Let me ask you a question – what do you do when someone emails you asking for more information about your services. Think about it for a few seconds, and then write it down. What does that process look like to you? Do you send them pricing right away, or do you ask to meet them first before giving out your rates? Now, say they want to meet with you – how do you go about setting up that meeting? Where is it? What do you talk about? And then there’s the follow up. You haven’t heard back from them in two weeks – what do you do now?
Anyone who offers services should be able to answer these questions, but why? Why is it so important to be able to understand your workflow? By answering these questions, you are able to:
- Evaluate each step of the process and understand WHY you do things the way you do.
- Determine if your process works for you by evaluating how efficient each step is when dealing with a particular service or problem.
- Eventually automate them to the point that someone else can handle the process for you.
I used to work in documentation for a software development company, which means that I had to write down and keep track of ALL of our process. With software development, these processes were fairly clear cut – stakeholder input, concept, task breakdown, creation of program, quality analysis, and release (it’s a rough process overview, but you get the picture). Each step had a specific criteria that we needed to address, and we did each item before the next. Working this way creates efficiency, transparency, and make fixing problems much easier.
There’s no reason why you can’t apply this thought process to the workflows of your own company. Even if you never realized it, you have a lot of processes that you work through! For example:
- What do you do with a client after you book them?
- How do you go about coordinating other vendors for your clients?
- How do you prepare for your wedding days?
- How do you follow up with a client after their wedding?
For every process that your company has, writing down the workflow is essential. So, how do you do that?
- Find a program that works best for you. Some may prefer Evernote or just a Google or Word document. I like using Smartsheet to list out all tasks and parts of a process since I have the ability to use templates and can create new documents for each project.
- Write down a rough version of your process as you remember it – try not to do this while you are in the middle of the process (that’s a later step). List them in steps so that you can easily pinpoint what item goes where. For example, the first three steps that I would write down when documenting my inquiry process would be:
- When I get an inquiry from a client, I send them a canned response thanking them for getting in contact with me. I include a PDF description of services (along with my starting rates) and ask them if they are interested in setting up an initial consultation.
- At our initial consultation, which happens at our studio in Santa Barbara, we go over the following subjects: relationship history, wedding concept and ideas, and services they are interested in.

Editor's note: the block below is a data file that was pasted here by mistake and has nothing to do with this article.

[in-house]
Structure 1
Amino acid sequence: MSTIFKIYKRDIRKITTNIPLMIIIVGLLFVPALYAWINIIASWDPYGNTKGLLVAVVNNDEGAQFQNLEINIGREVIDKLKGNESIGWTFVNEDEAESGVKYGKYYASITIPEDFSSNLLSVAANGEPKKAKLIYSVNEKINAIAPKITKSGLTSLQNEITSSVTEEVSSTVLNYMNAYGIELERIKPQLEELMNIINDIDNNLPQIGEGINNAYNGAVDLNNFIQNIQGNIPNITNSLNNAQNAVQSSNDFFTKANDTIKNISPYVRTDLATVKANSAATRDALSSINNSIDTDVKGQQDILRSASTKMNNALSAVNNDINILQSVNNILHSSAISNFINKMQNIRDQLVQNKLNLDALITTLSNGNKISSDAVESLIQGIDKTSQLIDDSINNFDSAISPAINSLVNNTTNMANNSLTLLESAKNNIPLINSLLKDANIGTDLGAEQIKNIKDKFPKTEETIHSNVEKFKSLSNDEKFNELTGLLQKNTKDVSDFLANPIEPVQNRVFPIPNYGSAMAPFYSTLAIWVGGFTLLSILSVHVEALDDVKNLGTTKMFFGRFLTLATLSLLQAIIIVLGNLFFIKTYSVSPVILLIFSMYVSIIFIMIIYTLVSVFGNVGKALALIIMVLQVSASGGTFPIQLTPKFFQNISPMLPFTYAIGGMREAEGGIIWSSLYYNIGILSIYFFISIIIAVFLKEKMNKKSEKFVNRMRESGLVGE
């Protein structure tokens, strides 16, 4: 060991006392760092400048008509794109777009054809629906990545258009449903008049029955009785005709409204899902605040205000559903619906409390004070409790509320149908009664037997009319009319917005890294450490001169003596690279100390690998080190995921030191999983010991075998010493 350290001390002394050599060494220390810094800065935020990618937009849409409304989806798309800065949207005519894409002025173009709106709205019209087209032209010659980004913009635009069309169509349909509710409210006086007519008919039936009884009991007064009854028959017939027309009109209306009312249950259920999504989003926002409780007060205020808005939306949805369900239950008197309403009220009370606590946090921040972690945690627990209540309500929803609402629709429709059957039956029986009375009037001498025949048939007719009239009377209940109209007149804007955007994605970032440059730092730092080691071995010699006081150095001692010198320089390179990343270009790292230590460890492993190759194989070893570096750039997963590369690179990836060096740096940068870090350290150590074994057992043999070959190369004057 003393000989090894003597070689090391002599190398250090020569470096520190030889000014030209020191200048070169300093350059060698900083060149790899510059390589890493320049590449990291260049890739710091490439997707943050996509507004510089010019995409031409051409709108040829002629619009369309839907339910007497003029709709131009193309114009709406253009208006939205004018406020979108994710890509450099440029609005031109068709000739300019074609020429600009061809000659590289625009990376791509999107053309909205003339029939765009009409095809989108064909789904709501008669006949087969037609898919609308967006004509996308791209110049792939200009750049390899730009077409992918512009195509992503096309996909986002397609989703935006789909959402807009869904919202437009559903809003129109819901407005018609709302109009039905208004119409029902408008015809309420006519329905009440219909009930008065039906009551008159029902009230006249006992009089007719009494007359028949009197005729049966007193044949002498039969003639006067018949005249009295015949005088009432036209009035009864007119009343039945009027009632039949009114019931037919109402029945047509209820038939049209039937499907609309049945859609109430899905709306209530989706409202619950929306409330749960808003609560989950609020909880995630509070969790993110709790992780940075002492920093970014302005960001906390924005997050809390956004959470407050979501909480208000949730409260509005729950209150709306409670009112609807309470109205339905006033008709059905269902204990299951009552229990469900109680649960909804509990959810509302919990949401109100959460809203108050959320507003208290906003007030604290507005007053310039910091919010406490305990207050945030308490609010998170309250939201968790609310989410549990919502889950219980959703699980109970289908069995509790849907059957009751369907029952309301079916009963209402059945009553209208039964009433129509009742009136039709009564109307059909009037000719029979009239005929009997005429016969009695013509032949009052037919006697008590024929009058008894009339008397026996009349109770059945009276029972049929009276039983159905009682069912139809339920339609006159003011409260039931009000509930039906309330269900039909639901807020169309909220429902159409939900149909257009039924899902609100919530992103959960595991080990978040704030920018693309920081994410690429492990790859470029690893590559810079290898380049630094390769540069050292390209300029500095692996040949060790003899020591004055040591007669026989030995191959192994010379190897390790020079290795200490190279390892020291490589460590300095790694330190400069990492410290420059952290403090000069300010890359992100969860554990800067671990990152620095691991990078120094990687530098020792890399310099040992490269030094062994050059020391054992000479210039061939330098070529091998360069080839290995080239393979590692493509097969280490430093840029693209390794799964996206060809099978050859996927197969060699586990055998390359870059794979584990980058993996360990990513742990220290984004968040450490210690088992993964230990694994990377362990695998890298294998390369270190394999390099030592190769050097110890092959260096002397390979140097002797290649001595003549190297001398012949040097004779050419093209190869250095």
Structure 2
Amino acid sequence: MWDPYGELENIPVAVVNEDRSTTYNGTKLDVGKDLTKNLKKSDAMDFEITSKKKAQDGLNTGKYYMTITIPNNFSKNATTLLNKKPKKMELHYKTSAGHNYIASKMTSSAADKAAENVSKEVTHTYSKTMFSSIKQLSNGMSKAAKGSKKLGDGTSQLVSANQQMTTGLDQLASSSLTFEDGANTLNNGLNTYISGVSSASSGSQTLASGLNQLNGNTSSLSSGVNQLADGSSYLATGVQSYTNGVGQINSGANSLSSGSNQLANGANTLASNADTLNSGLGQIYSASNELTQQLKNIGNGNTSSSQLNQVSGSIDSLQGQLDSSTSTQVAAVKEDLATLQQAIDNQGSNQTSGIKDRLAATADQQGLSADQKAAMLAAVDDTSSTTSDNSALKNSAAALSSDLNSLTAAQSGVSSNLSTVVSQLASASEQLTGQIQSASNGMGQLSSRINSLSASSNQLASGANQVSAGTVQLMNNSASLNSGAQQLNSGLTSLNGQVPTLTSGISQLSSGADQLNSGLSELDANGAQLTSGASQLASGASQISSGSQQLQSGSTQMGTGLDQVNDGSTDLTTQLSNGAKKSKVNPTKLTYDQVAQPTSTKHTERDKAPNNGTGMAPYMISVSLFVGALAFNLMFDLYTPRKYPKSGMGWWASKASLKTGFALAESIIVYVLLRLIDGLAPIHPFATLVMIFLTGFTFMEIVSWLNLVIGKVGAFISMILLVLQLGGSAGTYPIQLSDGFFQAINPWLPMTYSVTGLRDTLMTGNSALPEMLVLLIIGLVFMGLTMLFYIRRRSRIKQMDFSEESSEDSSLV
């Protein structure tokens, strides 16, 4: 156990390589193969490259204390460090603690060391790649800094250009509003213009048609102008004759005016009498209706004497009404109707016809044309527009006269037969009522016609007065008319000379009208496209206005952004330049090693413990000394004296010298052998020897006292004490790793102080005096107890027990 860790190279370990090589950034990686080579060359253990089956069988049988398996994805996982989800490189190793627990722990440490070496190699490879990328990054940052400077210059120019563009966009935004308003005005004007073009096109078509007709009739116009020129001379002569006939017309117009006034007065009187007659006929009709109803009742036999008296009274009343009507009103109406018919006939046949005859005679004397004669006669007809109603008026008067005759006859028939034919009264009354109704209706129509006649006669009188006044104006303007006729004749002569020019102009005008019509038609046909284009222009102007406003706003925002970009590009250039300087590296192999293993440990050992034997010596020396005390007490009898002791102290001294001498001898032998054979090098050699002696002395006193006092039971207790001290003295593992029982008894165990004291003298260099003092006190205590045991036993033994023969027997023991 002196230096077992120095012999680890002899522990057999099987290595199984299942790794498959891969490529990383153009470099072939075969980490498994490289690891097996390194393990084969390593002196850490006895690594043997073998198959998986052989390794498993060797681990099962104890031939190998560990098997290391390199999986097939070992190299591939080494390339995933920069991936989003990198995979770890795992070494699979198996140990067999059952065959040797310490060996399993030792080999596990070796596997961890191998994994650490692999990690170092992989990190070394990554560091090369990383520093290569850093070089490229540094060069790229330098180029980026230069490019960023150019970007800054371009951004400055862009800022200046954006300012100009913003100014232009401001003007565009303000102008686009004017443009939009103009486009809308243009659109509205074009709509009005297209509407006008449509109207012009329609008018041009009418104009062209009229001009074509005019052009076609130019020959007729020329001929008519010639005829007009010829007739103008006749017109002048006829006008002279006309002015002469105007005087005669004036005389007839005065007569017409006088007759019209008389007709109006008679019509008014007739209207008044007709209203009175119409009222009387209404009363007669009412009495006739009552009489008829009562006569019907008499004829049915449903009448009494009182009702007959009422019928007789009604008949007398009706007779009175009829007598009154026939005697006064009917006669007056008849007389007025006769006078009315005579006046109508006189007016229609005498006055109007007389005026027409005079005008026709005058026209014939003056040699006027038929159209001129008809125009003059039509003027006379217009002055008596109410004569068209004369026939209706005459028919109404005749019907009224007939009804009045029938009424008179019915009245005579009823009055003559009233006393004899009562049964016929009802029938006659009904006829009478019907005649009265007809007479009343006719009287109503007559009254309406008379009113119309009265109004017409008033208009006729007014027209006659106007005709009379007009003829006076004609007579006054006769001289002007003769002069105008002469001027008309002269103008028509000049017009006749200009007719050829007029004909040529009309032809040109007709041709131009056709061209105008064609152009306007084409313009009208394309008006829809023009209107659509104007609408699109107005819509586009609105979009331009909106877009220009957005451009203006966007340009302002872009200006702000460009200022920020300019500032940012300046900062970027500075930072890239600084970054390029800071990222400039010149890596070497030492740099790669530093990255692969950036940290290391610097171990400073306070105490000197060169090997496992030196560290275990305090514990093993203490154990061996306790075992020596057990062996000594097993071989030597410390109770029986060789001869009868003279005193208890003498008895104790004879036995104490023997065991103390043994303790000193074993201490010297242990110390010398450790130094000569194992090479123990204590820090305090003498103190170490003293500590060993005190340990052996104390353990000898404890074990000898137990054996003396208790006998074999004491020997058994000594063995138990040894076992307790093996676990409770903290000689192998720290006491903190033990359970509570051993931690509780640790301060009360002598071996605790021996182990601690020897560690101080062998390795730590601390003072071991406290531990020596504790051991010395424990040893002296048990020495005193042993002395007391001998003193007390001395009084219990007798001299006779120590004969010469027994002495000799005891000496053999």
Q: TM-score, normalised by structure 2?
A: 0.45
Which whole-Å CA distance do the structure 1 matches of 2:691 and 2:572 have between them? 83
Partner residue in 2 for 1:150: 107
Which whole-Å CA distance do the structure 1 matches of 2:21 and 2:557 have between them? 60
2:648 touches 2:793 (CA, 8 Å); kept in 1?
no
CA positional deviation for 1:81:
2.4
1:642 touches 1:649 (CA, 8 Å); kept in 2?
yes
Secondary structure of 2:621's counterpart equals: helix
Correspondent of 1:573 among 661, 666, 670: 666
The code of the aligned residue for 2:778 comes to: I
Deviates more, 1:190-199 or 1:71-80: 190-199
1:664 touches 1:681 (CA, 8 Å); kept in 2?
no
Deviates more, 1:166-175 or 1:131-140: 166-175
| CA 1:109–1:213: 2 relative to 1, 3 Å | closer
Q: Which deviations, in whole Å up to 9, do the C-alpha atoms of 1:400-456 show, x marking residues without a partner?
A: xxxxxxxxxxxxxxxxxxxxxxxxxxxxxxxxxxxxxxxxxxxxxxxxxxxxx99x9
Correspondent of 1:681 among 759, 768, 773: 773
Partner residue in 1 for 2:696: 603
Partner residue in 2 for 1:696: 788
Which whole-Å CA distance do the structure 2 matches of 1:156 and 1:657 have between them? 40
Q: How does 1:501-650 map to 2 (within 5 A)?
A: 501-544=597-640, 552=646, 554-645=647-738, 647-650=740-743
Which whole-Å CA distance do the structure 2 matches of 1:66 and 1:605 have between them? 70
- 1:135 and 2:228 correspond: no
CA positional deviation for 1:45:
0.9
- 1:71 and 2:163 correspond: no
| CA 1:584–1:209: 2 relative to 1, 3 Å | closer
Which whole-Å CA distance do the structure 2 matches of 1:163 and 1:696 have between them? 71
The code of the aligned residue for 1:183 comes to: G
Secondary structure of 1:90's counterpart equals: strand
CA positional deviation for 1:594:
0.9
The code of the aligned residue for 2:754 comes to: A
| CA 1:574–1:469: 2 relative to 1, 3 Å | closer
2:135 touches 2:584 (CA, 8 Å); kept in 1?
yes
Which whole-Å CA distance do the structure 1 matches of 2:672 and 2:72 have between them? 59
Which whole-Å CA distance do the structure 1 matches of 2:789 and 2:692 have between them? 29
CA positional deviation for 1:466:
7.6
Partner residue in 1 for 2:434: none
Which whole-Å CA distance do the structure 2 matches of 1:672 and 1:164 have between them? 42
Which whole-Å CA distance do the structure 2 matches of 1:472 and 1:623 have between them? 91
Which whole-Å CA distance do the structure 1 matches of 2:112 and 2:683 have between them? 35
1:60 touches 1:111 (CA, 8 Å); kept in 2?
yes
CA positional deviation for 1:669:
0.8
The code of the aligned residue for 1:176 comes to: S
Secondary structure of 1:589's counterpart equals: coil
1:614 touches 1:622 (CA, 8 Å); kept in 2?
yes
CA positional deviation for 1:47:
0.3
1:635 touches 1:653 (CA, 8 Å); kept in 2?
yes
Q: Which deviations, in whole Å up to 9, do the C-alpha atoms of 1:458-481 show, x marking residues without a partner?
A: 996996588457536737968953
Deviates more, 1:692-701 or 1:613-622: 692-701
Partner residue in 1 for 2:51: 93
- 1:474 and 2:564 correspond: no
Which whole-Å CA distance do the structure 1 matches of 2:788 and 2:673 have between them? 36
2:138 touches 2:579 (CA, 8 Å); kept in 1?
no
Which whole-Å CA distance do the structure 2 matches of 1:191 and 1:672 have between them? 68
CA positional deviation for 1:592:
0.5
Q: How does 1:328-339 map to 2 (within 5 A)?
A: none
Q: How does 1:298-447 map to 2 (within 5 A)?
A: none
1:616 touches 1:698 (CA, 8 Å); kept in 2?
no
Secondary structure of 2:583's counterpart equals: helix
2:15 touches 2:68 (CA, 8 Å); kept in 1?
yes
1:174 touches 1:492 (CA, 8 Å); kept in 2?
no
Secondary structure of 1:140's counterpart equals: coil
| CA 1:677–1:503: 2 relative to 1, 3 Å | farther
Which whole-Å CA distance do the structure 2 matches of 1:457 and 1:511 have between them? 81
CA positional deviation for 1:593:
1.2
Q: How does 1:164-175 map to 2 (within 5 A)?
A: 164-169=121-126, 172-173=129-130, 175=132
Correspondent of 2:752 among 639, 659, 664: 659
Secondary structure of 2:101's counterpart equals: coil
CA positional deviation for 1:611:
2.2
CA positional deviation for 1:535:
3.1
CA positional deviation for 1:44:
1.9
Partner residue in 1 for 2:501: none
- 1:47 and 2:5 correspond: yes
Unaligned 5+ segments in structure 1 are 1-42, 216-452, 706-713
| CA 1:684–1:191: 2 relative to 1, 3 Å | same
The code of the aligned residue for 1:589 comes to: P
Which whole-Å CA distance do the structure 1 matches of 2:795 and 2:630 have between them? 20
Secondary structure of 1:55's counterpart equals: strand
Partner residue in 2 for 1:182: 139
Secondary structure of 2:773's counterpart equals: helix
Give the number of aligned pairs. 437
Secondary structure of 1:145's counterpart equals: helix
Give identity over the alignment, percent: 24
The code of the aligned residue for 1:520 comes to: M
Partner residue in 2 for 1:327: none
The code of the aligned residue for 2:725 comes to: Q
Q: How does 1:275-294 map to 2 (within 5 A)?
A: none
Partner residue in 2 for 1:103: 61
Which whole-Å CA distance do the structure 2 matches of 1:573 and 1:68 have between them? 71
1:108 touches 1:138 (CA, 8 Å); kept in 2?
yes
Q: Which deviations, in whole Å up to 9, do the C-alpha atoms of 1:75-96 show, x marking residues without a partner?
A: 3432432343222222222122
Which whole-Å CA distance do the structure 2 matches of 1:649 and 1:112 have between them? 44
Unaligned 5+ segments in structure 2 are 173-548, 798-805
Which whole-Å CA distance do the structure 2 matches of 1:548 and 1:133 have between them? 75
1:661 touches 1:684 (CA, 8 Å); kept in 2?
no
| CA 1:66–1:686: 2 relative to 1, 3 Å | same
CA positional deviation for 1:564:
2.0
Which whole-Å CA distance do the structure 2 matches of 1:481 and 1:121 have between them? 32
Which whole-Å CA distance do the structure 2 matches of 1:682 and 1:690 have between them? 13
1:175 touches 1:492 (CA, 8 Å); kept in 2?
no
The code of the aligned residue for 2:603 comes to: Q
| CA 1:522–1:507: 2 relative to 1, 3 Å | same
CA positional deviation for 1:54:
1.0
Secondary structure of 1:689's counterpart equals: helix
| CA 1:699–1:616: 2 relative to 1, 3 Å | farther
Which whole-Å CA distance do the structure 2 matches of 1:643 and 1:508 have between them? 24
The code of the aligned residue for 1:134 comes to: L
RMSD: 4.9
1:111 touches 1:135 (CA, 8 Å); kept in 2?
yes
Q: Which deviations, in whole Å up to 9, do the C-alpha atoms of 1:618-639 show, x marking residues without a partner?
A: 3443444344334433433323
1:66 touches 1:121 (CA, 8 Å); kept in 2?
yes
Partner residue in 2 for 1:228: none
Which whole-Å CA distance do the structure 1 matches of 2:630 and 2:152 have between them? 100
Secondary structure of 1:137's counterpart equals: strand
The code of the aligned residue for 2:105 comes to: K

- After our initial consultation, I put together a proposal with all of the services that they may be interested in, along with a price estimate and a breakdown of costs.
- Take a step back from that version of your process and write another version as you work through it. This will make you more aware of HOW you handle a process, and force you to write down what actually happens.
- Compare the two lists. Are they similar, or are you skipping steps when dealing with a project? Remember that neither version is correct – your final workflow will tend to be a combination of the two.
- Look at your second version of the workflow – what worked in that project, and what didn’t? Did the client respond to your proposal, or did they never answer you back? By evaluating each step of the process, you can adjust tasks and steps as necessary.
- Create a final version of this workflow – subtasks for each process are great! Try and be as detailed as possible. For example, my workflow for signing a client would be as follows:
- Upon notification that a client is interested in moving forward, send them a link to fill out their Client Information.
- Once they have sent in their information, send them the necessary documents to proceed:
- Upon receiving the deposit and finalized agreement, email them a welcome.
- Send client gift via Bottega Louie.
- At the next project, do your workflow exactly as written. How well did it work out for you? Are there any steps that need to be updated or removed? EVERY TIME YOU WORK THROUGH A PROCESS, evaluate each step according to your documented workflow. If something needs to be changed, make sure you address it right then and there.
By automating your workflows, you will get through them faster and more efficiently. You will also have the opportunity to evaluate what works for you, and what doesn’t. And when the time comes? I like documenting everything I do so that I can delegate later on!